Pierre-Olivier Beckers, chief executive officer of Delhaize Group, isn’t the kind of leader who barks orders or demands that his troops assemble in a rigid formation.
Instead, Beckers champions a softer style of command, guiding autonomous operating companies to adopt a set of collective strategic principles as they see fit, then making sure those companies share their successes with one another in an attempt to continually improve. The principles, in brief, encourage Delhaize companies to be good places to work, and encouragetheir people be goodto one another and to theircommunities.
This decentralized approach — valuing innovation, local decision-making and a continuous evolution of ideas — is a rare one among supermarket companies as large as Delhaize and, observers said, is a major reason behind the momentum at its U.S. chains: Hannaford Bros., Food Lion and Sweetbay.
“That collaborative environment is the hallmark of what Delhaize does differently than any other supermarket company,” said Mitchell Corwin, an analyst following Delhaize for Morningstar, Chicago.
Delhaize officials said Beckers’ commitment to his style — particularly his emphasis on Delhaize being what he calls a “learning company” — stems from a thorough understanding of, and appreciation for, the food retailing business.
“As one of the descendents of the founding fathers, [Beckers] is convinced that being a grocer is probably the most beautiful job on earth, because it touches thousands, millions of people’s lives every single day,” Geert Verellen, Delhaize’s director of investor relations, told SN.
Verellen described Beckers’ leadership style as “down-toearth and collective,” drawing on his experience working in all phases of the grocery business. Beckers began working in the industry in 1982 as a store manager for a bakery chain in Belgium and joined Delhaize in 1983, spending three years in the United States as a Food Lion store manager. After his return to Belgium, he broadened his retail experience as a buyer, director of purchasing, member of the executive committee and executive vice president in charge of international activities. He was named CEO in 1999.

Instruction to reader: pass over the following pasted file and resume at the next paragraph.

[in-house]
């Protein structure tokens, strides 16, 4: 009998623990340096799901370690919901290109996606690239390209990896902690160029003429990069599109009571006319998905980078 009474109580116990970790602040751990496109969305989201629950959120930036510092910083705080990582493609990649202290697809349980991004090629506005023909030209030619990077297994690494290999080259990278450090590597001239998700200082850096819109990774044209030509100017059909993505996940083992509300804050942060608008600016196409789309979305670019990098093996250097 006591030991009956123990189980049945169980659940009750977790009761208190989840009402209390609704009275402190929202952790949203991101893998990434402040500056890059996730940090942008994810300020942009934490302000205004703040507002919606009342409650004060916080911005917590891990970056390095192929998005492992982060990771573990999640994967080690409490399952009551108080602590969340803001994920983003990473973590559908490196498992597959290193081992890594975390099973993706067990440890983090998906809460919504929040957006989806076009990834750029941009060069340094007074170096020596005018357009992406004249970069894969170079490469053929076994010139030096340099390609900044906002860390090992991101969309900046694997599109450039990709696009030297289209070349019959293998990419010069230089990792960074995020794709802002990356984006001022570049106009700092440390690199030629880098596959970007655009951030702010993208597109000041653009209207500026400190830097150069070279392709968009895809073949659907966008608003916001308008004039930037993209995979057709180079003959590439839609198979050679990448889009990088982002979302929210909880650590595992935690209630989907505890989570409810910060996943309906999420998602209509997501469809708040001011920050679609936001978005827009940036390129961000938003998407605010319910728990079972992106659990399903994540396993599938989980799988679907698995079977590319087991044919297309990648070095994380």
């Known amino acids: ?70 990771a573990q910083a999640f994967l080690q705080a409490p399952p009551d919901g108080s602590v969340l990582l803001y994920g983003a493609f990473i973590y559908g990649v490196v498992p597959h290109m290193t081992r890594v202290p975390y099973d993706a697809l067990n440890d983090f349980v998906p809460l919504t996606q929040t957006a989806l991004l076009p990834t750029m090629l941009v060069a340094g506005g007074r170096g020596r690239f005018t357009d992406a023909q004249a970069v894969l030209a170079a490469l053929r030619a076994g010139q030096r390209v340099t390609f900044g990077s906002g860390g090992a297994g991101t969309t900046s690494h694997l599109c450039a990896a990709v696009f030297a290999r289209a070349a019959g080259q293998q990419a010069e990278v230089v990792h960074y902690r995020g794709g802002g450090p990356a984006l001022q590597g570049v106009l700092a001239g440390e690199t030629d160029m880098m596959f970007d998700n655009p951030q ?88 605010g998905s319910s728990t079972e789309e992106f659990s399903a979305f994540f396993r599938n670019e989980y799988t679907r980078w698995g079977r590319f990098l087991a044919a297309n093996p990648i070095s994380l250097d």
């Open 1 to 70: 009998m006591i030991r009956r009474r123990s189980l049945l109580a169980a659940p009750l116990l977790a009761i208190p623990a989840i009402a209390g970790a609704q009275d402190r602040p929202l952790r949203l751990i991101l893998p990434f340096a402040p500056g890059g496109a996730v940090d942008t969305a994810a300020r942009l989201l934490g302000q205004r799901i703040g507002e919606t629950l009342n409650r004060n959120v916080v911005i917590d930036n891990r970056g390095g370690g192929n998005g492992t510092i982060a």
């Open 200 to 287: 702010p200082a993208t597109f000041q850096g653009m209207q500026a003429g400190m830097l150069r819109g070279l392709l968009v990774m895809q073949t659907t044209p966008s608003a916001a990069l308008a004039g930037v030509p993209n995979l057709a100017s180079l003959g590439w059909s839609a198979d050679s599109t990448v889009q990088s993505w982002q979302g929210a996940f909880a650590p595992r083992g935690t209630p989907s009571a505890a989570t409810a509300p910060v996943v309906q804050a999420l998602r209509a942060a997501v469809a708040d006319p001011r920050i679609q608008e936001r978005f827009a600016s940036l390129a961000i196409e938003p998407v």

Delhaize under his watch has expanded its holdings in the U.S., with the Hannaford, Food Lion and Sweetbay local banners developing distinct brands and increasingly precise local positioning. According to Corwin, economic woes in the U.S. and recent competitive activity in Europe have threatened the momentum at Delhaize, and will provide a test of Beckers’ leadership in the coming months.
“They’ve done a good job in segmenting the Food Lion banner, but they still tend to cater more to a cost-conscious consumer, so in my mind, there’s a risk for them shifting to lower-price formats,” Corwin said. “There’s a delicate balance they have to hit — of pushing through inflation while being cognizant of keeping prices within reasonable distance of the competition. How well they execute that balance will really show how well Food Lion can do.”
— JON SPRINGER